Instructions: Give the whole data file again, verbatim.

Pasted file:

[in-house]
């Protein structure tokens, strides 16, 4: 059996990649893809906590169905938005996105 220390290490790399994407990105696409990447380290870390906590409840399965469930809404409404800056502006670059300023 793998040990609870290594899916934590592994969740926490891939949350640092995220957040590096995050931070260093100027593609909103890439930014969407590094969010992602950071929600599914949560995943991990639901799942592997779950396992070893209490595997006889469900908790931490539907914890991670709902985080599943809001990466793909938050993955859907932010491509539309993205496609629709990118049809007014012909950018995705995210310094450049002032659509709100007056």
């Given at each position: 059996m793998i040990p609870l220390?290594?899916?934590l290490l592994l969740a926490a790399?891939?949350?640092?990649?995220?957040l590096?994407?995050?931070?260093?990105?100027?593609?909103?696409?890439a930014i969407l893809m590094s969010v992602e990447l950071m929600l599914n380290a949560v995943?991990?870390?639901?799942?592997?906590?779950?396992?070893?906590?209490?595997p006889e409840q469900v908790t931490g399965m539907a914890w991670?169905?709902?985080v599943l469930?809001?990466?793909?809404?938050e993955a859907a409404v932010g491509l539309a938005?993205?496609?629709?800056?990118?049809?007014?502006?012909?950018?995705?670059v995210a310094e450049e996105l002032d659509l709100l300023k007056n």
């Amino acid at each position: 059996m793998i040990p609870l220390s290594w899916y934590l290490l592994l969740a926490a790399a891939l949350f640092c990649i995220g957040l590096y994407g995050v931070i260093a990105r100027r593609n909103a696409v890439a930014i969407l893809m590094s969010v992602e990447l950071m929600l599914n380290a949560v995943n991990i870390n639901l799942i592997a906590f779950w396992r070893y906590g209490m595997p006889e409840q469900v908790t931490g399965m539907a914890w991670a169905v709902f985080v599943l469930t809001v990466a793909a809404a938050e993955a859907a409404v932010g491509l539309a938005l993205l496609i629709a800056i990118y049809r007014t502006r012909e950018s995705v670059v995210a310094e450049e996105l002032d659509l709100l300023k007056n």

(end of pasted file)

[in-house]
């Protein structure tokens, strides 16, 4: 059996990649893809906590169905938005996105 220390290490790399994407990105696409990447380290870390906590409840399965469930809404409404800056502006670059300023 793998040990609870290594899916934590592994969740926490891939949350640092995220957040590096995050931070260093100027593609909103890439930014969407590094969010992602950071929600599914949560995943991990639901799942592997779950396992070893209490595997006889469900908790931490539907914890991670709902985080599943809001990466793909938050993955859907932010491509539309993205496609629709990118049809007014012909950018995705995210310094450049002032659509709100007056």
């Given at each position: 059996m793998i040990p609870l220390?290594?899916?934590l290490l592994l969740a926490a790399?891939?949350?640092?990649?995220?957040l590096?994407?995050?931070?260093?990105?100027?593609?909103?696409?890439a930014i969407l893809m590094s969010v992602e990447l950071m929600l599914n380290a949560v995943?991990?870390?639901?799942?592997?906590?779950?396992?070893?906590?209490?595997p006889e409840q469900v908790t931490g399965m539907a914890w991670?169905?709902?985080v599943l469930?809001?990466?793909?809404?938050e993955a859907a409404v932010g491509l539309a938005?993205?496609?629709?800056?990118?049809?007014?502006?012909?950018?995705?670059v995210a310094e450049e996105l002032d659509l709100l300023k007056n």
């Amino acid at each position: 059996m793998i040990p609870l220390s290594w899916y934590l290490l592994l969740a926490a790399a891939l949350f640092c990649i995220g957040l590096y994407g995050v931070i260093a990105r100027r593609n909103a696409v890439a930014i969407l893809m590094s969010v992602e990447l950071m929600l599914n380290a949560v995943n991990i870390n639901l799942i592997a906590f779950w396992r070893y906590g209490m595997p006889e409840q469900v908790t931490g399965m539907a914890w991670a169905v709902f985080v599943l469930t809001v990466a793909a809404a938050e993955a859907a409404v932010g491509l539309a938005l993205l496609i629709a800056i990118y049809r007014t502006r012909e950018s995705v670059v995210a310094e450049e996105l002032d659509l709100l300023k007056n």